Betty Akeredolu, the wife of the Ondo State governor, Rotimi Akeredolu has said that the major way women can defeat the scourge of breast cancer among ladies between the ages of 18 and 20 is to check their breasts regularly.
Akeredolu, who is the Founder, Breast Cancer Association of Nigeria (BRECAN), declared that breast cancer was not a death sentence, as many people believed.
She stated this while speaking at the launch of Ondo State chapter of BRECAN.
According to her, with good medical care, the disease could be controlled.
The first lady, who has been suffering from cancer of the breast herself for 20 years, said women needed proper sensitization and awareness on the control of breast cancer, hence the formation of the association.
She said: “Breast cancer can be controlled if it is discovered early enough. Therefore, it is very important for ladies and women to check their breasts regularly. They also need good knowledge of the disease and awareness on its control. Cancer of the breast is not a death sentence.
“Those with breast cancer can live well. I discovered that I have breast cancer 20 years ago and here I am today looking as if nothing is wrong in my system.
“The treatment of the disease is no longer expensive, especially if it is discovered early, However, many hospitals in the country lack medical experts who specialise in the treatment of the disease.”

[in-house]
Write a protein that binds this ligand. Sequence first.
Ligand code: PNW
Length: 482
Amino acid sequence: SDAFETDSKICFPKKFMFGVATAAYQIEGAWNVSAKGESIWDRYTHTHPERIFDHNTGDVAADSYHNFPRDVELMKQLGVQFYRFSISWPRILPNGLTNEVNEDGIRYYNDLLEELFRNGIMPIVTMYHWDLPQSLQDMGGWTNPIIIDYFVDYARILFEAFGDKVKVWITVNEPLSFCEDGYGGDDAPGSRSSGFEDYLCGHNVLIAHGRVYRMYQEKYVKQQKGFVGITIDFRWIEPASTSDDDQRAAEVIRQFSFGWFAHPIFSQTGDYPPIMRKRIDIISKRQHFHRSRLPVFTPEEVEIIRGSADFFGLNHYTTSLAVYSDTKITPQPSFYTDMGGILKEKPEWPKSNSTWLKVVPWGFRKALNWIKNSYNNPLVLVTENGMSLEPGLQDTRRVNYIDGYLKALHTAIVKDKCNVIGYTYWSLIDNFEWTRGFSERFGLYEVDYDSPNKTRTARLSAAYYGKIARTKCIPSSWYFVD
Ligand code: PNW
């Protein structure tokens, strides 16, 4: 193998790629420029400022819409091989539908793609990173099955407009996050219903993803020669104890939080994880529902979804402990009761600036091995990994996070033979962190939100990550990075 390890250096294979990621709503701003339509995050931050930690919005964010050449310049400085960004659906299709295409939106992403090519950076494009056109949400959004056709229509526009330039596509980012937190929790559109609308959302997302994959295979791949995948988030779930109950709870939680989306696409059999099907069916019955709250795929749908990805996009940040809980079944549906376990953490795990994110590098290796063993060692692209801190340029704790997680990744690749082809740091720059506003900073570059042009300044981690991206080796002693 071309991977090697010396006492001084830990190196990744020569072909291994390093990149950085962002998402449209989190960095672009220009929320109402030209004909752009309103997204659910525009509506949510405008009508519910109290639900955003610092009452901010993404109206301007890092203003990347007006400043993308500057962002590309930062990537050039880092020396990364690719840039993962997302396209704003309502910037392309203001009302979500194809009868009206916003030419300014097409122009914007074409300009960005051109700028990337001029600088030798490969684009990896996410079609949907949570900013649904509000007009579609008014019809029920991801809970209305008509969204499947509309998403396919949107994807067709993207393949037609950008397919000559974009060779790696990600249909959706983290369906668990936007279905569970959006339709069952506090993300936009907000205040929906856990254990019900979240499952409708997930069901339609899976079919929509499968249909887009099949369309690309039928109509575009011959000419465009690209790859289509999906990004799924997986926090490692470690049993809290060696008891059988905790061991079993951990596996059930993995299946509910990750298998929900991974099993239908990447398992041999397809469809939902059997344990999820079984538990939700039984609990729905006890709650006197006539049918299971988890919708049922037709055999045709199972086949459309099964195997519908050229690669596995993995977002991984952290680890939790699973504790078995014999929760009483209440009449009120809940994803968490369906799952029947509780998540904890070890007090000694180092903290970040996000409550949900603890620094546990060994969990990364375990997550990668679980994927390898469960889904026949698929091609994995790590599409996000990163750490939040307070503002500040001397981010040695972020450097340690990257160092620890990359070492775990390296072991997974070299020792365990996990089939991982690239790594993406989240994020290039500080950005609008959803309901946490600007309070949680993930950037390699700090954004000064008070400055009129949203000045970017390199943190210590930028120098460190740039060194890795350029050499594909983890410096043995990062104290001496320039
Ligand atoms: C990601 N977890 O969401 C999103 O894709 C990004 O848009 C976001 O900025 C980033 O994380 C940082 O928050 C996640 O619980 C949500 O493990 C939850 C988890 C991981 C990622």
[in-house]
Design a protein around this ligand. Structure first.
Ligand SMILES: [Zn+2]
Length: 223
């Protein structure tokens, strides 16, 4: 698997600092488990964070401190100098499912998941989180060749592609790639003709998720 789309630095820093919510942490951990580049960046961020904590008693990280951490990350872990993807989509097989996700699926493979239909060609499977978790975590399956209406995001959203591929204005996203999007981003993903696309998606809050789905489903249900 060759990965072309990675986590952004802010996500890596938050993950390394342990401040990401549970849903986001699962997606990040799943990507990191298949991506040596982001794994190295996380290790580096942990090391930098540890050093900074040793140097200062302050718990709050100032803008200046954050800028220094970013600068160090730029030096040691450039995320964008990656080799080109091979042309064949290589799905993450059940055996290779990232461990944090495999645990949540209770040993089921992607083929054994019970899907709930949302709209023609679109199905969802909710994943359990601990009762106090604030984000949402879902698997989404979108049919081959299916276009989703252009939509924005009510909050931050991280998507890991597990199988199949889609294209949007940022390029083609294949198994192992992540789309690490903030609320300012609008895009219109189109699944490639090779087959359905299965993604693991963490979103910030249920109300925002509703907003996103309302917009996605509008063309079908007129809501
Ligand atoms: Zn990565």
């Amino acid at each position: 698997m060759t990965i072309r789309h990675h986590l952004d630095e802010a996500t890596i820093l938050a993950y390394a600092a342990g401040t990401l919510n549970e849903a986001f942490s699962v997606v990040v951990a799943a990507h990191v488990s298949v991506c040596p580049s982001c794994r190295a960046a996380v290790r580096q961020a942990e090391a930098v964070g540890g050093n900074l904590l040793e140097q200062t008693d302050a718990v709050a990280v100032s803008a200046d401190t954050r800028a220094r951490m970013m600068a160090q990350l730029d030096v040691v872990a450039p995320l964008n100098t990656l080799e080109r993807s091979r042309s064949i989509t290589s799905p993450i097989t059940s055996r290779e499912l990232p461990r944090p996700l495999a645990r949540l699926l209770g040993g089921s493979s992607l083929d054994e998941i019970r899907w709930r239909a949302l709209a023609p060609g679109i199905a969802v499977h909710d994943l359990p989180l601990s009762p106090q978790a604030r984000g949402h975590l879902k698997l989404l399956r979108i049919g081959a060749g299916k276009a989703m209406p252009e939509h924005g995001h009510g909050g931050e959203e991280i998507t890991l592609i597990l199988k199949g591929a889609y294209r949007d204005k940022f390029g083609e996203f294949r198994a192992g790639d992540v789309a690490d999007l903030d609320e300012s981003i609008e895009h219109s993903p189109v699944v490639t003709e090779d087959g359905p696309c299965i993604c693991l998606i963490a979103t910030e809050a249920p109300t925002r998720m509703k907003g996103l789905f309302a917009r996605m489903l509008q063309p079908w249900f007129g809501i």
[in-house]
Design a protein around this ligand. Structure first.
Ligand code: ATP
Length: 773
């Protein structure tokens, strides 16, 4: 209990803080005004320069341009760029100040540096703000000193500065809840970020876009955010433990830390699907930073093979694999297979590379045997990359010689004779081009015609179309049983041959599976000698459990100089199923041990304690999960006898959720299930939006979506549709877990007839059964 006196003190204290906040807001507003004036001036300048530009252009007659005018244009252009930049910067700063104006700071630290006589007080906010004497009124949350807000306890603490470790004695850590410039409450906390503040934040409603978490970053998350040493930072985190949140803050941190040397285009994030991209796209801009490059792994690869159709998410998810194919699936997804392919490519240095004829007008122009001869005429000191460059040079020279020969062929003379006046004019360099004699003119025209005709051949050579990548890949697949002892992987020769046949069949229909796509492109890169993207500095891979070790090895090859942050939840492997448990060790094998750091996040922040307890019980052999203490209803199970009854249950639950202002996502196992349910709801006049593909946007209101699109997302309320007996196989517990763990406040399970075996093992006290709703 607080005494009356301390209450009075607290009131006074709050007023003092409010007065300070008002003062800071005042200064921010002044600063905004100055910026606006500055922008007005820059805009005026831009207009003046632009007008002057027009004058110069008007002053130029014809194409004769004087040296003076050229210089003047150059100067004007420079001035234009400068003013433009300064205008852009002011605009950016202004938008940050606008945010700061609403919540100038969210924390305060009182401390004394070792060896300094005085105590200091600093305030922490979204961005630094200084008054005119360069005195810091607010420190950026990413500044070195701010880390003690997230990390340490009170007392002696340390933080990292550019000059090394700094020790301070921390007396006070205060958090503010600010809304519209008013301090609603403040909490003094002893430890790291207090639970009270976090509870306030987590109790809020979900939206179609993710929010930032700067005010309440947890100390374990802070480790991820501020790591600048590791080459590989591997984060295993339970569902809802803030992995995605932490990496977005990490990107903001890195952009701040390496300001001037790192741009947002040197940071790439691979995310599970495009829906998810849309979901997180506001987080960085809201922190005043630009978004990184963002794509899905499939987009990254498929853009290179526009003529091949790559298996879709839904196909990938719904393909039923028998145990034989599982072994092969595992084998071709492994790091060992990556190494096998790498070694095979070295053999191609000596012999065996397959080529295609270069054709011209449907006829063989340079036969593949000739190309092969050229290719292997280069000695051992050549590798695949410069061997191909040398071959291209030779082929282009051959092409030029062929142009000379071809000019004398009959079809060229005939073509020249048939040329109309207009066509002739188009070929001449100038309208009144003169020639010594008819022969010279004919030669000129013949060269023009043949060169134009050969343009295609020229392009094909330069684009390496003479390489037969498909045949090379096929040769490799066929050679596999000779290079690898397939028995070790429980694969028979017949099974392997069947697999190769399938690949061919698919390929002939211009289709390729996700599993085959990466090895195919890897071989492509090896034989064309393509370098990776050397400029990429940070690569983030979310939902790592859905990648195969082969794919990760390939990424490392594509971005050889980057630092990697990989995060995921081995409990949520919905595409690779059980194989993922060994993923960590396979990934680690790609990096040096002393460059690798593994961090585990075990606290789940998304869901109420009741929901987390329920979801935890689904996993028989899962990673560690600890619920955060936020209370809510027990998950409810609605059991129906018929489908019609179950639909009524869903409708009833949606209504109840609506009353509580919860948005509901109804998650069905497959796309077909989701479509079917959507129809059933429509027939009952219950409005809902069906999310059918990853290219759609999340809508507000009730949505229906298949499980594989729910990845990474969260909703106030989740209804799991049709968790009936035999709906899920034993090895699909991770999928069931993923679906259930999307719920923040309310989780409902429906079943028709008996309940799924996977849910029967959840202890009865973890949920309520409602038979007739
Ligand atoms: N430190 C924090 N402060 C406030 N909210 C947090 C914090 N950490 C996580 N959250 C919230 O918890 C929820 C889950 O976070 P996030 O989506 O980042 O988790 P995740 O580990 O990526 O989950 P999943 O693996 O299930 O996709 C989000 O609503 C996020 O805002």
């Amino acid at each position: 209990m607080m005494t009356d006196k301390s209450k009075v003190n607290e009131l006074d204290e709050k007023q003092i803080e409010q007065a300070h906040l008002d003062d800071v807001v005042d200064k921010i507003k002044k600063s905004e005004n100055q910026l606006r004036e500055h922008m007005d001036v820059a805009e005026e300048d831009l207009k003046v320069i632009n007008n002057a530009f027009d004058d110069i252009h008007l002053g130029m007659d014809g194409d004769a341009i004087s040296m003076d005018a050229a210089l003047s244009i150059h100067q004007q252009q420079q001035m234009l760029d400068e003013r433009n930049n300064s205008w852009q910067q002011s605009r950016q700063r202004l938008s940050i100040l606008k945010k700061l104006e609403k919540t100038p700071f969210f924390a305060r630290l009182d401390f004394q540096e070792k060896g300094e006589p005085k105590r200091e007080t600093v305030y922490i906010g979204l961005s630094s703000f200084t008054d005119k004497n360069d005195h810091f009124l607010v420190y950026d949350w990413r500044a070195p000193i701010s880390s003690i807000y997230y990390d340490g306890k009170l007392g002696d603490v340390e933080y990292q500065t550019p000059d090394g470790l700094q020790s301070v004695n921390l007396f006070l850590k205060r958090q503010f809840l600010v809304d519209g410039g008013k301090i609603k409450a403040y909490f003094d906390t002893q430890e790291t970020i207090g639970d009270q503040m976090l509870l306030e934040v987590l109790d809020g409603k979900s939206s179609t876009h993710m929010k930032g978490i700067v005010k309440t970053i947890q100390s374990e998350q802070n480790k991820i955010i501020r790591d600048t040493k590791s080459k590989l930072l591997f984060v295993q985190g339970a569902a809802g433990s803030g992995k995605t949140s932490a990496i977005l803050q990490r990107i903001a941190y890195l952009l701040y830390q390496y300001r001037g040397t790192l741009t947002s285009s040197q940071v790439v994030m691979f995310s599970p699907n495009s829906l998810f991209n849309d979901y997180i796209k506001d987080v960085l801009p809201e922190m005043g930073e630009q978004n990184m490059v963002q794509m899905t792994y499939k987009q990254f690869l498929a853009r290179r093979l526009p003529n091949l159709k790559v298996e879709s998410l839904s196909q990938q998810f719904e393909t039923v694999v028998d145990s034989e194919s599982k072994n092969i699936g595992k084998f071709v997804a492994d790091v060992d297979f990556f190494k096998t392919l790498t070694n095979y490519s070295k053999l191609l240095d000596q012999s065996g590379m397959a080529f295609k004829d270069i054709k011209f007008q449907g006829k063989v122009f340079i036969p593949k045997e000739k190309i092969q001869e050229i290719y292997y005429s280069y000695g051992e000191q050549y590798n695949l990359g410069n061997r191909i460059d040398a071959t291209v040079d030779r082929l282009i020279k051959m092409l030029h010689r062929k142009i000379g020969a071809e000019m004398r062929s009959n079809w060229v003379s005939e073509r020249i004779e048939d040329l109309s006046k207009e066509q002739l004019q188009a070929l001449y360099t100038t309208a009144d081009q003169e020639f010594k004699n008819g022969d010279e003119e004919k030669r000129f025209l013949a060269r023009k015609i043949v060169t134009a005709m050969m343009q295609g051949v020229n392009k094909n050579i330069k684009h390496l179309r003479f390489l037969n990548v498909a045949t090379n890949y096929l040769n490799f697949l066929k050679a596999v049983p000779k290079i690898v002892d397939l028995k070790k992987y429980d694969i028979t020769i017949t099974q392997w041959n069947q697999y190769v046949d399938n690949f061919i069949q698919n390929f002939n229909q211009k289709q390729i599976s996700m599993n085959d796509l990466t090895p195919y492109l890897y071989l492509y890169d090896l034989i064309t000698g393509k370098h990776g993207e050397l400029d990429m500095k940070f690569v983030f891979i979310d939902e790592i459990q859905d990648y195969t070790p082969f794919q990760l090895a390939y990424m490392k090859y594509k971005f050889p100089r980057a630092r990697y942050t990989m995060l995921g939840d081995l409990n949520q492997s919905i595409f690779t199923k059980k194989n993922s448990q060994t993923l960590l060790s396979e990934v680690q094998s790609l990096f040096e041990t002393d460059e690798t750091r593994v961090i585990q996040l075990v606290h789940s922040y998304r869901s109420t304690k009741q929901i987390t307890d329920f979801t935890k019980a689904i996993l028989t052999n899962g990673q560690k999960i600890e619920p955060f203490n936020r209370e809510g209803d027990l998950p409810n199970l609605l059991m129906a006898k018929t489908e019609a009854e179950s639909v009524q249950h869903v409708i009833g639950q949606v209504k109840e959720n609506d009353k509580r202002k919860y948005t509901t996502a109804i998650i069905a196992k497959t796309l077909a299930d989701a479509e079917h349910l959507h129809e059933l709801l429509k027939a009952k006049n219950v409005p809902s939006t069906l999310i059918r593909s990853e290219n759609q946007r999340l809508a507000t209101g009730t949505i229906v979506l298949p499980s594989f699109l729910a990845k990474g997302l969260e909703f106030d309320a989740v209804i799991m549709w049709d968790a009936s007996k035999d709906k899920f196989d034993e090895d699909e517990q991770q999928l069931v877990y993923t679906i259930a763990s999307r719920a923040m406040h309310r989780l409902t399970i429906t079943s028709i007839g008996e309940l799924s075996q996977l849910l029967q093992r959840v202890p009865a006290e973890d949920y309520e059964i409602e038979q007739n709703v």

She added that facilities needed for the treatment of breast cancer were not available in many of the health centres, while noting that many patients of breast cancer were made to suffer in the hands of medical practitioners due to the non-availability of facilities and drugs required for the treatment of the disease, a situation she bemoaned.
While calling on the Federal Ministry of Health to include the control of breast cancer in the ministry’s yearly budget, Akeredolu observed: “Nigerian government has not done well in the control of cancer of the breast.”
She said there was no appropriation for the control of cancer in the budget of the Ministry of Health, adding that the situation had made the treatment of the deadly disease cumbersome in many of the government hospitals in the country.
Her words: “I got to know of the disease at the age of 42 because of lack of awareness. I have been living healthy since then till now. Breast cancer is predominantly woman’s disease, but there is nothing that affects women that does not affect men too.
“It is essential for the society to pay attention to the disease, which is seriously ravaging and killing women almost daily. As a survivor of cancer with 20 years experience of the disease, I can authoritatively say that breast cancer is not a death sentence. With breast cancer a woman can live long provided she takes care of herself.
“It is not something that should be hidden. We need adequate information about the disease and we need to let everyone knows about it. There is no reason for anyone to discriminate against any cancer patient. With prompt medical attention, life is guaranteed for patients.”
She urged women to check their breasts regularly and make necessary observations on the breasts, even as she called on husbands to assist their wives in checking their breasts regularly and in case any lump is found, they should take necessary medical steps immediately.